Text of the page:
Preparation for installing Humio

Enable Authentication

If you are experimenting with Humio, you can probably skip this page. For production deployments, you want to set up authentication.

If authentication is not configured, Humio runs in NO_AUTH mode, meaning that there are no access restrictions at all — anyone with access to the system can do anything.

Refer to Authentication Configuration for different login options.

Increase Open File Limit

For production usage, Humio needs to be able to keep a lot of files open for sockets and actual files from the file system. The default limits on Unix systems are typically too low for any significant amount of data and concurrents users.

You can verify the actual limits for the process using

PID=`ps -ef | grep java | grep humio-assembly | head -n 1 | awk '{print $2}'`
cat /proc/$PID/limits | grep 'Max open files'

The minimum required settings depend on the number of open network connections and datasources. There is no harm in setting these limits high for the Humio process. A value of at least 8192 is recommended.

You can do that by running:

cat << EOF | tee /etc/security/limits.d/99-humio-limits.conf
# Raise limits for files.
humio soft nofile 250000
humio hard nofile 250000

cat << EOF | tee -a /etc/pam.d/common-session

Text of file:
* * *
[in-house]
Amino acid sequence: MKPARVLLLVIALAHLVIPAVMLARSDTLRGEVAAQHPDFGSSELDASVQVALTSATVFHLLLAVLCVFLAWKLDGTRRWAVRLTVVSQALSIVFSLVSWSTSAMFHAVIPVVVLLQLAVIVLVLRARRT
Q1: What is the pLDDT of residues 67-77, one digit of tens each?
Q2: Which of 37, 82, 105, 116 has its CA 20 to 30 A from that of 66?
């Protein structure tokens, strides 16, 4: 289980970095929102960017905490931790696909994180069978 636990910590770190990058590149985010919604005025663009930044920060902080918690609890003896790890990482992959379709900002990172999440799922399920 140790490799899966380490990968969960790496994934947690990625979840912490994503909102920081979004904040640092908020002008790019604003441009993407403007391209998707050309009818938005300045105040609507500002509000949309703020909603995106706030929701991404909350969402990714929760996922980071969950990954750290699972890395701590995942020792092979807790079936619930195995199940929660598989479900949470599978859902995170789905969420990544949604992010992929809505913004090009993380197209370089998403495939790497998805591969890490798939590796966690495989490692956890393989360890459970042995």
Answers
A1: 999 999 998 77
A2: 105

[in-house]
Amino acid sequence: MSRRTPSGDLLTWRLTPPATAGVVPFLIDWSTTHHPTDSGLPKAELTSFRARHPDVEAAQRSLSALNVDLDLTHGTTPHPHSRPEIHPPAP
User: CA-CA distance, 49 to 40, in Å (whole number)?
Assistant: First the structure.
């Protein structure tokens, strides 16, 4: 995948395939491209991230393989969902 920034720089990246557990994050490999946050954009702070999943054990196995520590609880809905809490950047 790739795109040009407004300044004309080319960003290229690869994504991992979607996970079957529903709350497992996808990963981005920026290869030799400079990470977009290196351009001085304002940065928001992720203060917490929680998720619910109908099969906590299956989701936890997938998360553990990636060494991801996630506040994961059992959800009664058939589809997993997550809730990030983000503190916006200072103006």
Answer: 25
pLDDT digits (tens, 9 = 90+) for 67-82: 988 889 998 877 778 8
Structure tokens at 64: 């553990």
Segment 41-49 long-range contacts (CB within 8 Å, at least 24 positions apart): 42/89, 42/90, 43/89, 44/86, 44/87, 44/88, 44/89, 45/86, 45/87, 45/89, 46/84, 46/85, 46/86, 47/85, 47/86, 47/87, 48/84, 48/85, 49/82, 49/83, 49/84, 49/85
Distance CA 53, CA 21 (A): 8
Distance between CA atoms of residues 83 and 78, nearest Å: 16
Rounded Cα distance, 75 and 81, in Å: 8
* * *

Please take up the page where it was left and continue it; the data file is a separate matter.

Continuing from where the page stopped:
# Apply limits:
session required

These settings apply to the next Humio user login, not to any running processes.

If you run Humio using Docker, then you can raise the limit using the --ulimit="nofile=8192:8192" option on the docker run command.

Use a Separate Disk for Kafka Data

For production usage, you should ensure Kafka’s data volume is on a separate disk/volume from the other Humio services. This is because it’s quite easy for Kafka to fill the disk it’s using if Humio ingestion is slowed down for any reason. If it fills its disk, having it on a separate disk/volume than the other services will prevent them from crashing along with Kafka and will make recovery easier. If Kafka is running as separate servers or containers, you will likely be covered already, so this is primarily for situations where you’re running the all-in-one Docker image we supply.

We also highly recommend setting up your own disk usage monitoring to alert you when disks get greater than 80% full, so you can take corrective action before the disk fills completely.